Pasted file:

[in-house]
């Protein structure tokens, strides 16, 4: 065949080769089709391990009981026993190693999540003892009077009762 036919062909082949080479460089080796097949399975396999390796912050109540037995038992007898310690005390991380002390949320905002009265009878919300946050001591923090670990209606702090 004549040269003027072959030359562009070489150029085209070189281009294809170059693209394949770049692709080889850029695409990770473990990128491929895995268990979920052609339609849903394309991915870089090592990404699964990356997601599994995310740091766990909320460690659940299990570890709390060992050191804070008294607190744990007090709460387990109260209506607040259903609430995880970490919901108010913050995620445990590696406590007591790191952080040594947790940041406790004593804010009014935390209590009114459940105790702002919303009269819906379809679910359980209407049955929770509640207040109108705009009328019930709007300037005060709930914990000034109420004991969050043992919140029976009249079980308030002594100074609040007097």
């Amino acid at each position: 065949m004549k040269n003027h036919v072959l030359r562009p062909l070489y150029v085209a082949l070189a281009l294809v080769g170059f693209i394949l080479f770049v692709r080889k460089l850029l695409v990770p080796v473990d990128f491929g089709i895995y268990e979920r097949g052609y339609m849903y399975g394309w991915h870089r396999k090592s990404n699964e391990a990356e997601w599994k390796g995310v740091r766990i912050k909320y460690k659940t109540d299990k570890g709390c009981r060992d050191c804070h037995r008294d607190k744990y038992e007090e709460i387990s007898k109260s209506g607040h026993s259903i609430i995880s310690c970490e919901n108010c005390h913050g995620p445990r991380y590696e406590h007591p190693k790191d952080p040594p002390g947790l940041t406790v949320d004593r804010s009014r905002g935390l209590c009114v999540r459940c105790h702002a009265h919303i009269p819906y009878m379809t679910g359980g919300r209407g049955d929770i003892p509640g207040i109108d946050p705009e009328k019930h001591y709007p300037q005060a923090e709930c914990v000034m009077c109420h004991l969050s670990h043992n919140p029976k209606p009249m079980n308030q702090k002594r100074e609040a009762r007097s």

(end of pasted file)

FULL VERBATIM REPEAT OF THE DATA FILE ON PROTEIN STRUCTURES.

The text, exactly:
[in-house]
């Protein structure tokens, strides 16, 4: 065949080769089709391990009981026993190693999540003892009077009762 036919062909082949080479460089080796097949399975396999390796912050109540037995038992007898310690005390991380002390949320905002009265009878919300946050001591923090670990209606702090 004549040269003027072959030359562009070489150029085209070189281009294809170059693209394949770049692709080889850029695409990770473990990128491929895995268990979920052609339609849903394309991915870089090592990404699964990356997601599994995310740091766990909320460690659940299990570890709390060992050191804070008294607190744990007090709460387990109260209506607040259903609430995880970490919901108010913050995620445990590696406590007591790191952080040594947790940041406790004593804010009014935390209590009114459940105790702002919303009269819906379809679910359980209407049955929770509640207040109108705009009328019930709007300037005060709930914990000034109420004991969050043992919140029976009249079980308030002594100074609040007097």
């Amino acid at each position: 065949m004549k040269n003027h036919v072959l030359r562009p062909l070489y150029v085209a082949l070189a281009l294809v080769g170059f693209i394949l080479f770049v692709r080889k460089l850029l695409v990770p080796v473990d990128f491929g089709i895995y268990e979920r097949g052609y339609m849903y399975g394309w991915h870089r396999k090592s990404n699964e391990a990356e997601w599994k390796g995310v740091r766990i912050k909320y460690k659940t109540d299990k570890g709390c009981r060992d050191c804070h037995r008294d607190k744990y038992e007090e709460i387990s007898k109260s209506g607040h026993s259903i609430i995880s310690c970490e919901n108010c005390h913050g995620p445990r991380y590696e406590h007591p190693k790191d952080p040594p002390g947790l940041t406790v949320d004593r804010s009014r905002g935390l209590c009114v999540r459940c105790h702002a009265h919303i009269p819906y009878m379809t679910g359980g919300r209407g049955d929770i003892p509640g207040i109108d946050p705009e009328k019930h001591y709007p300037q005060a923090e709930c914990v000034m009077c109420h004991l969050s670990h043992n919140p029976k209606p009249m079980n308030q702090k002594r100074e609040a009762r007097s």